Box 72 Particlesize Distributions And Transport Distances

Dreimanis and Vagners (1971) argued on the basis of crushing experiments that the relative magnitude of the two particle-size peaks of subglacial sediment should change with transport distance. As transport distance increases, the finer mode (composed predominantly of mineral grains) should grow at the expense of the coarser mode (composed of predominantly lithic fragments). Dreimanis and Vagners (1971) demonstrated this by examining the particle-size distributions in three till samples in the Hamilton Niagara region of southeast Canada. The particle size of only one clast lithology (dolomite) was analysed in order to keep the results relatively simple. The results, illustrated below, show that with increased transport distance the finer mode increases in importance, although the amount of transport necessary will depend on the lithology. The patterns are of course more complex when multiple lithologies are considered and where new material is introduced to the glacier by debris entrainment. More recently, Hooke and Iverson (1995) have argued that particle-size distributions can be used to distinguish between those sediments that have been subjected to subglacial sediment deformation and those that have not.

20 -

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220 km transport of igneous

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and metamorphic fragments

15 -

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0-3 km transport of

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dolomite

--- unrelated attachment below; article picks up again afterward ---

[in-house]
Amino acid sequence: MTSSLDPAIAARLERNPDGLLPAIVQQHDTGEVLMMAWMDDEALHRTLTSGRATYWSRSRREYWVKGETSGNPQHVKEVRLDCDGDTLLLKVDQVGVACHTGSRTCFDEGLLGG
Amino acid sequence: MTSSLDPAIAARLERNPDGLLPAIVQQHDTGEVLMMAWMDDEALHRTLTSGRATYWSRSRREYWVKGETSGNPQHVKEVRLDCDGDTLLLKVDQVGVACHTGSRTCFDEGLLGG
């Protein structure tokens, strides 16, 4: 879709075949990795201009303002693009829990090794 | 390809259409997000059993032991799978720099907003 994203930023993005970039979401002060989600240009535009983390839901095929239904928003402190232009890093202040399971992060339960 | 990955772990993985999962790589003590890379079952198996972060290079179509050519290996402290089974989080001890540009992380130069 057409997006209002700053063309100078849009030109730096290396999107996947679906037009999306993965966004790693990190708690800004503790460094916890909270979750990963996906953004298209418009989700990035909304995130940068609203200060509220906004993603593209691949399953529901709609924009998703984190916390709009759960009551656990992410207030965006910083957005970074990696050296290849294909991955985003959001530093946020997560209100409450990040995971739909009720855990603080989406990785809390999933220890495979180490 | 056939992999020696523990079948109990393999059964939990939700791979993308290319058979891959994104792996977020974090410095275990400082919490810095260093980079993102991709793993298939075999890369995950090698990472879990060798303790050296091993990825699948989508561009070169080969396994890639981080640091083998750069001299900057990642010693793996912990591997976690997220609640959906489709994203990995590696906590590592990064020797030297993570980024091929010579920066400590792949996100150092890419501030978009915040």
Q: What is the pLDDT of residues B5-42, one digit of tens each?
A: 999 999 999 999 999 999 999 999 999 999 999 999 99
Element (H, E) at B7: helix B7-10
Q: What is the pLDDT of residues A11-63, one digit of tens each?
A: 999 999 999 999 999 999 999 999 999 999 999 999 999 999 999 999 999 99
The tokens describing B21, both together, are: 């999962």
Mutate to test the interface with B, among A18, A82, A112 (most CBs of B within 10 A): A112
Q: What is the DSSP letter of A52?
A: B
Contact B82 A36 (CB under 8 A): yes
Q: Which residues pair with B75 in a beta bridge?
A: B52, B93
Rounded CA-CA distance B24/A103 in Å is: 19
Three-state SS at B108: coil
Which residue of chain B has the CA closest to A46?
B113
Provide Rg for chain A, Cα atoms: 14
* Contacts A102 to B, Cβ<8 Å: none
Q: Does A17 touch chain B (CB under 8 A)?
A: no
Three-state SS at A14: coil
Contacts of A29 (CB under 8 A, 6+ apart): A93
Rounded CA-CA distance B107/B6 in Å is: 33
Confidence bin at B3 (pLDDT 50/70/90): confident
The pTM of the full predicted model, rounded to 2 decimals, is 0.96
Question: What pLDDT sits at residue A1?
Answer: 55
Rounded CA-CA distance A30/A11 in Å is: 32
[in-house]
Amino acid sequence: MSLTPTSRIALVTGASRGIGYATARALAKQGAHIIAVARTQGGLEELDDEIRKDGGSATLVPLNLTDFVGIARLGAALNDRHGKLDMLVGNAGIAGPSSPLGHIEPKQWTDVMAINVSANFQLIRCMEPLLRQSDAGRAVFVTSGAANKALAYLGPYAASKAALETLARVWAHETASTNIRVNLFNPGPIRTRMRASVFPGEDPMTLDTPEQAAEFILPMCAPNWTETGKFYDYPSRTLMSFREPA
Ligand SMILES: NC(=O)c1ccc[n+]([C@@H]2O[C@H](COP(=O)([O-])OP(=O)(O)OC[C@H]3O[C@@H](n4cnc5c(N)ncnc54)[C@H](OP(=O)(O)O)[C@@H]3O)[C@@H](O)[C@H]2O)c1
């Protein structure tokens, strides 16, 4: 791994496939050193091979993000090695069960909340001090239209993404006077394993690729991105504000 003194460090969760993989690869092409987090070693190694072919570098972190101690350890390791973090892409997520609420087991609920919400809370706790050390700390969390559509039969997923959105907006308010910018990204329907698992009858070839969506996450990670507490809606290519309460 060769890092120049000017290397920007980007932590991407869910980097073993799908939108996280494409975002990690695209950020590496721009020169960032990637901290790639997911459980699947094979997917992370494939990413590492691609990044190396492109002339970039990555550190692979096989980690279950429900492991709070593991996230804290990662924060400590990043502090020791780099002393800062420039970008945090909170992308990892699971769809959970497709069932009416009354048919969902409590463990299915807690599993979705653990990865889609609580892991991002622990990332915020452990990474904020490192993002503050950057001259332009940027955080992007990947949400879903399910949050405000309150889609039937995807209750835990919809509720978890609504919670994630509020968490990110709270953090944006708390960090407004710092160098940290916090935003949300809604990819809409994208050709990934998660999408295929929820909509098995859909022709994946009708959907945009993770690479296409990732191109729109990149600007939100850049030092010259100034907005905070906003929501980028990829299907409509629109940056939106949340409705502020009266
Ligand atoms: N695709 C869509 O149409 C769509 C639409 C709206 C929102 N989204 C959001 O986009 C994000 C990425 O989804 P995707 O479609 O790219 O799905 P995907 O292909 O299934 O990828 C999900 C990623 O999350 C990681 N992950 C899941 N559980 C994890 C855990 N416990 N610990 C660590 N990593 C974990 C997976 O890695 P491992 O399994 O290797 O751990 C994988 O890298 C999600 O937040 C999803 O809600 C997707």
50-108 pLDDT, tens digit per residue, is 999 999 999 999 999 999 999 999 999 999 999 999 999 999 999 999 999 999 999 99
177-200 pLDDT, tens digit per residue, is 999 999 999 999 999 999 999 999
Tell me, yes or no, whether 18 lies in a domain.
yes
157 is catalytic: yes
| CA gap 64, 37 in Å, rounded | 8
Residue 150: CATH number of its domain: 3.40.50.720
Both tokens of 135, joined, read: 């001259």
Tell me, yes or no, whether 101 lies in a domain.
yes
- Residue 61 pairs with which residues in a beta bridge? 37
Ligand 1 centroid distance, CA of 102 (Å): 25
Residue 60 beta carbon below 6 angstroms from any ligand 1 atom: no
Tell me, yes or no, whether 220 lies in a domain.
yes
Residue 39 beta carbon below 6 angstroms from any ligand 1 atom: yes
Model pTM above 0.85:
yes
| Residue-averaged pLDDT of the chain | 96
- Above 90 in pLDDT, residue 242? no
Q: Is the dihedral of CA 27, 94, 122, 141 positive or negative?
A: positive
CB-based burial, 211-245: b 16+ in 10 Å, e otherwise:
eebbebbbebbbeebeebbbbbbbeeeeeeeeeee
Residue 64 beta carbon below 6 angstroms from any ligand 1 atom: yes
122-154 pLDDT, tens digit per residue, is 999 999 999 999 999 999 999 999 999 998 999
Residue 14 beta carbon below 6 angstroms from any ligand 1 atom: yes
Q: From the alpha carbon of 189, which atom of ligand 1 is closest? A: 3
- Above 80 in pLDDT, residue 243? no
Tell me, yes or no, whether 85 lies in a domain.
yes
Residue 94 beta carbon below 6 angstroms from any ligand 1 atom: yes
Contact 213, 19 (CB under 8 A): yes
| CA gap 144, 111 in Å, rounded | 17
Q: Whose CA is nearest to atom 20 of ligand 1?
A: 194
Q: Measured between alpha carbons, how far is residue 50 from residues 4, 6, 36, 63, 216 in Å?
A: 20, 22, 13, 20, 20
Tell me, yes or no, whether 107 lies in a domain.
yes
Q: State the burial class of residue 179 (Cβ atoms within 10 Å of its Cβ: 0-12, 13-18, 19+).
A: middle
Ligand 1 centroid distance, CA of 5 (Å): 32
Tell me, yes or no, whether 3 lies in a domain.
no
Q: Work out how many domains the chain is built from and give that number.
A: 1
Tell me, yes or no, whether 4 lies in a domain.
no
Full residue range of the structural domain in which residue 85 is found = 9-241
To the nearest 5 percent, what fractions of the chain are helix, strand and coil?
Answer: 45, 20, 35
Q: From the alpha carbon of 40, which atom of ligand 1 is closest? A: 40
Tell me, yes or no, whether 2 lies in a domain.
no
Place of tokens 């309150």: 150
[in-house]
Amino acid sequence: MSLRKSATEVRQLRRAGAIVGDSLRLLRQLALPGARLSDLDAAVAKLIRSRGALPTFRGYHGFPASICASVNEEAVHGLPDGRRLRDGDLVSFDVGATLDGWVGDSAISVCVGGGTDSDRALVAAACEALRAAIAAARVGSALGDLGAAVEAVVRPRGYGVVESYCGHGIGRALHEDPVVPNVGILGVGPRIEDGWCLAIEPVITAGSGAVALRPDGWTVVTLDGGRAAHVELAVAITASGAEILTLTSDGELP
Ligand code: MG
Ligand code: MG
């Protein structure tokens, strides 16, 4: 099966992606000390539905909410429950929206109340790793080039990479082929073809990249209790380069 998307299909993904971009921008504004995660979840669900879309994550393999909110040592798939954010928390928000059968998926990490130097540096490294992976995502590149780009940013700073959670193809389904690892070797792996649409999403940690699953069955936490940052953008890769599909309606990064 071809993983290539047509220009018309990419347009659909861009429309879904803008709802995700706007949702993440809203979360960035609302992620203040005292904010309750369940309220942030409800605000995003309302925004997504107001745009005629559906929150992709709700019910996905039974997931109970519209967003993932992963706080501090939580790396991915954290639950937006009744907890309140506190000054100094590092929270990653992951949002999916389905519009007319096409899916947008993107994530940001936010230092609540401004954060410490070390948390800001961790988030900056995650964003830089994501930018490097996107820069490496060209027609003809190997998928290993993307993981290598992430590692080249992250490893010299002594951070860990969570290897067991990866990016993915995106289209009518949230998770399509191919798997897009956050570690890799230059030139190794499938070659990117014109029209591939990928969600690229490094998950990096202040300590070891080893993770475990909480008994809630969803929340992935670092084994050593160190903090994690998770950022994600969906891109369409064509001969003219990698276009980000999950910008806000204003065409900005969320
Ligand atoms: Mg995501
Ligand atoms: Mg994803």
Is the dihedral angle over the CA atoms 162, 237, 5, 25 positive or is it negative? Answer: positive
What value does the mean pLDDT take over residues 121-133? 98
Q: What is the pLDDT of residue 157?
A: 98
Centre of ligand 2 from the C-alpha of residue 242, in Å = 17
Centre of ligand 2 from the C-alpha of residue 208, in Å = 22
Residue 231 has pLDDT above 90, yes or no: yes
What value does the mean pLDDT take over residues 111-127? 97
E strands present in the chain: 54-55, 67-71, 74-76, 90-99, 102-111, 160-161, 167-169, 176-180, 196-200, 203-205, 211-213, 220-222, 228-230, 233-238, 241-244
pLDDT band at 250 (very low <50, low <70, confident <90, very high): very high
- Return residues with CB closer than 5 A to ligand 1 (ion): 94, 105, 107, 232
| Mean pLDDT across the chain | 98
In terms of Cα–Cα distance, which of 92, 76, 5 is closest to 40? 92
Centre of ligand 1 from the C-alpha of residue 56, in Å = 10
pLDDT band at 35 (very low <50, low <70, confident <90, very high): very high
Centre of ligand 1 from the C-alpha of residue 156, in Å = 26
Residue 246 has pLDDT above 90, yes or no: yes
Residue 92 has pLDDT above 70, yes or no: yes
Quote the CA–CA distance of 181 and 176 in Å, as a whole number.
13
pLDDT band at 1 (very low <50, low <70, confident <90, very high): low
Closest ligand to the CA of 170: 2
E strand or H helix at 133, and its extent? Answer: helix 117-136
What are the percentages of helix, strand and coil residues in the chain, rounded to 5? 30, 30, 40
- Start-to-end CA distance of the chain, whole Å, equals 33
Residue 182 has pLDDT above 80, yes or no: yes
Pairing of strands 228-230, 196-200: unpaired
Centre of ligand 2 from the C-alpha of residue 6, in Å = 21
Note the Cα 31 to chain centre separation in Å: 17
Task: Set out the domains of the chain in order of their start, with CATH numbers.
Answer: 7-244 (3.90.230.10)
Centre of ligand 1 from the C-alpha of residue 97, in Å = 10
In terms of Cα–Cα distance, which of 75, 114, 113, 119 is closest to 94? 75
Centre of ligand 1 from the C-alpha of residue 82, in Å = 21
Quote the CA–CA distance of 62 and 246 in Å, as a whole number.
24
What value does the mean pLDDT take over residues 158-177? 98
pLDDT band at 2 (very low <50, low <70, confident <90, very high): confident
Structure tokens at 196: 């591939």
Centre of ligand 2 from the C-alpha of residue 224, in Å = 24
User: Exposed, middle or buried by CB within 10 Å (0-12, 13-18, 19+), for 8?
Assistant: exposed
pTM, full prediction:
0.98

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Particle size

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1 200 km transport of igneous and metamorphic fragments ^

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75 km transport of dolomite

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Particle size

Source: Dreimanis, A.and Vagners, U.J. (1971) Bimodal distribution of rock and mineral fragments in basal tills, in Till: a Symposium (ed. R.P. Goldthwait), Ohio State University Press, Ohio, pp. 237-50. Hooke, R.L. and Iverson, N.R. (1995) Grain-size distribution in deforming subglacial tills: role of grain fracture. Geology, 23, 57-60. [Modified from: Dreimanis and Vagners (1971) in Till: a Symposium (ed. R.P. Goldthwait), Ohio State University Press, Ohio, figure 4, p. 243].

7.4 Debris Transfer Between Low and High Levels 197

Figure7.10 A subglacially transported clast showing faceting and striations [Photograph:

Figure7.10 A subglacially transported clast showing faceting and striations [Photograph:

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